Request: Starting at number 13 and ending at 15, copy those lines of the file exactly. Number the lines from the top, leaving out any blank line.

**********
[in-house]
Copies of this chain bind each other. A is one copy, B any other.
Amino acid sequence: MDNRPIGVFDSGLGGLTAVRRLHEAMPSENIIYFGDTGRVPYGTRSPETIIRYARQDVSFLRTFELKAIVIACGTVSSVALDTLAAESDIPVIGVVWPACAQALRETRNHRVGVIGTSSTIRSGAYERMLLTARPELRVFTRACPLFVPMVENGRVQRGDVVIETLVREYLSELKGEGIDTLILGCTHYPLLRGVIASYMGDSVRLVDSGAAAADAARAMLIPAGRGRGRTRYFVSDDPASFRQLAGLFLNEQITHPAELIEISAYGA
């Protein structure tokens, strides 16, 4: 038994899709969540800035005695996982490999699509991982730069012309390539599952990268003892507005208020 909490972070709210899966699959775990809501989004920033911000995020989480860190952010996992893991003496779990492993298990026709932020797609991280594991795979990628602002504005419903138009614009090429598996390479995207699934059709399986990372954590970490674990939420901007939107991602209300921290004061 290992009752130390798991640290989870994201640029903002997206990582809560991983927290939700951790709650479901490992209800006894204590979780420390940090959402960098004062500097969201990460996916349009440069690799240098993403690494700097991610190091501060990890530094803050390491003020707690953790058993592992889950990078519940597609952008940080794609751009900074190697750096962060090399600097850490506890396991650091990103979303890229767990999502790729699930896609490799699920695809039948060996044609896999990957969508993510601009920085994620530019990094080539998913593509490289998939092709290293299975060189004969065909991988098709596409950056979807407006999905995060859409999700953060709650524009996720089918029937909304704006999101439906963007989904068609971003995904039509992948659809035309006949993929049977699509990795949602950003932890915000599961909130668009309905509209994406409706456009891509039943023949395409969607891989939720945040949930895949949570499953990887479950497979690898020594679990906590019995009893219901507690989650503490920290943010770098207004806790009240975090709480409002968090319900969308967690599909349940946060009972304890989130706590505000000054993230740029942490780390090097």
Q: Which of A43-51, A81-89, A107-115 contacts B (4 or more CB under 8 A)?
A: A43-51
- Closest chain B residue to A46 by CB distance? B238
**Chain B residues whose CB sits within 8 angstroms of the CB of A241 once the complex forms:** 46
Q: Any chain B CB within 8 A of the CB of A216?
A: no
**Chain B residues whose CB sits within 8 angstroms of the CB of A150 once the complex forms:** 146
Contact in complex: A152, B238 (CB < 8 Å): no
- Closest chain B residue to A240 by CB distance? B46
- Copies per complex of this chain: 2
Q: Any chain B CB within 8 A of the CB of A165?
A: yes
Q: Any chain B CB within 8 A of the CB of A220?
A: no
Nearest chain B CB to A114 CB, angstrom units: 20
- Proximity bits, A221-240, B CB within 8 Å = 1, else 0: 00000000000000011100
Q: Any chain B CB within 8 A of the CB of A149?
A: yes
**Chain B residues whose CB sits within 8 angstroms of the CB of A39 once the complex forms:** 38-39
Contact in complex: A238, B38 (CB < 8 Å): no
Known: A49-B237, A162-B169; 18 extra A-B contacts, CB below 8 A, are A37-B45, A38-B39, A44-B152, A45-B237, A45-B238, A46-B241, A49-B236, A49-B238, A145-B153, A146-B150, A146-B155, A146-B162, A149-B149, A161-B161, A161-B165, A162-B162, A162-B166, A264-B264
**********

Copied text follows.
- Closest chain B residue to A240 by CB distance? B46
- Copies per complex of this chain: 2
Q: Any chain B CB within 8 A of the CB of A165?